With the world market for synthetic dyes and other chemical products dominated by the German industry, German firms competed vigorously for market shares. Although cartels were attempted they lasted at most for a few years. Others argued for the formation of a profit pool or Interessen-Gemeinschaft (abbr. IG, lit. Community of interest). In contrast, the chairman of Bayer, Carl Duisberg, argued for a merger. During a trip to the United States in the spring of 1903 he had visited several of the large American trusts such as Standard Oil, U.S. Steel, International Paper and Alcoa. In 1904, after having returned to Germany he proposed a nationwide merger of the producers of dye and pharmaceuticals in a memorandum to Gustav von Brüning, the senior manager at Hoechst. Hoechst and several pharmaceutical firms refused to join. Instead, Hoechst and Cassella made an alliance based on mutual equity stakes in 1904. This prompted Duisberg and Heinrich von Brunck, chairman of BASF, to accelerate their negotiations. In October 1904 an Interessen-Gemeinschaft between Bayer, BASF and Agfa was formed, also known as the Dreibund or little IG. Profits of the three firms were pooled, with BASF and Bayer getting 43 percent and Agfa 14 percent of all profits. The two alliances were loosely connected with each other through an agreement between BASF and Hoechst to jointly exploit the patent on the Heumann-Pfleger indigo synthesis.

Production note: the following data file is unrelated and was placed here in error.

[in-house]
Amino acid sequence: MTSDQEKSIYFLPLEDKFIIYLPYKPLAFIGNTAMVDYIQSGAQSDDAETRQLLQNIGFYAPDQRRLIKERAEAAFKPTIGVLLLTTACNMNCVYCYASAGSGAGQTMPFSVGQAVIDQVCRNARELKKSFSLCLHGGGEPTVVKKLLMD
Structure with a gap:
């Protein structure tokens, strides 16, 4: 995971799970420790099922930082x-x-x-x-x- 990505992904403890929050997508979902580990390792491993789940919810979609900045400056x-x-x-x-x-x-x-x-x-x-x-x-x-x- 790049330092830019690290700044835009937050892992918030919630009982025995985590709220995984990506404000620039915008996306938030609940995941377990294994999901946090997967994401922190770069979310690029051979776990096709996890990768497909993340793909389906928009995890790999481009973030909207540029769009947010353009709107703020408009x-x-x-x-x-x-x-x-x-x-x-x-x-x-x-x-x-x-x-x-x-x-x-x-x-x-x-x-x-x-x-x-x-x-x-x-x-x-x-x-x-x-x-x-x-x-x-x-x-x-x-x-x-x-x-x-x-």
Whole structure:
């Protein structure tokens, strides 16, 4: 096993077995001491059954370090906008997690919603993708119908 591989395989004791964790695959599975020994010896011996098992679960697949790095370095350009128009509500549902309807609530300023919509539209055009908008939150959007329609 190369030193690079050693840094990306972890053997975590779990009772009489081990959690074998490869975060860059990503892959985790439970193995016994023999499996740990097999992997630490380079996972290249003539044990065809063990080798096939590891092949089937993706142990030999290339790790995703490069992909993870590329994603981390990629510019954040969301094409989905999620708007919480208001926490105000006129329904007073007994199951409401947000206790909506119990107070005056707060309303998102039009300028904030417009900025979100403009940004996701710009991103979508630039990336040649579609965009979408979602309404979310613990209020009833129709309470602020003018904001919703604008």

Within the Dreibund Bayer and BASF concentrated on dye whereas Agfa increasingly concentrated on photographic film. Although there was some cooperation between the technical staff in production and accounting, there was little cooperation between the firms in other areas. Neither were production or distribution facilities consolidated nor did the commercial staff cooperate. In 1908 Hoechst and Cassella acquired 88 percent of the shares of Chemische Fabrik Kalle. As Hoechst, Cassella and Kalle were connected by mutual equity shares and were located close to each other in the Frankfurt area, this allowed them to cooperate more successfully than the Dreibund, although they also did not rationalize or consolidate their production facilities.
Foundation of IG Farben
IG Farben was founded on December 25, 1925 as a merger of the following six companies: BASF (27.4 percent of equity capital), Bayer (27.4 percent), Hoechst including Cassella and Chemische Fabrik Kalle (27.4 percent), Agfa (9.0 percent), Chemische Fabrik Griesheim-Elektron (6.9 percent) and Chemische Fabrik vorm. Weiler Ter Meer (1.9 percent). In 1926 IG Farben had a market capitalization of 1.4 billion Reichsmark and a workforce of 100,000 people, of which 2.6 percent were university educated, 18.2 percent were salaried professionals and 79.2 percent were workers.
Similar mergers took place in other countries. In the United Kingdom Brunner Mond, Nobel Industries, United Alkali Company and British Dyestuffs merged to Imperial Chemical Industries in September 1926. In France Établissements Poulenc Frères and Société Chimique des Usines du Rhône merged to Rhône-Poulenc in 1928.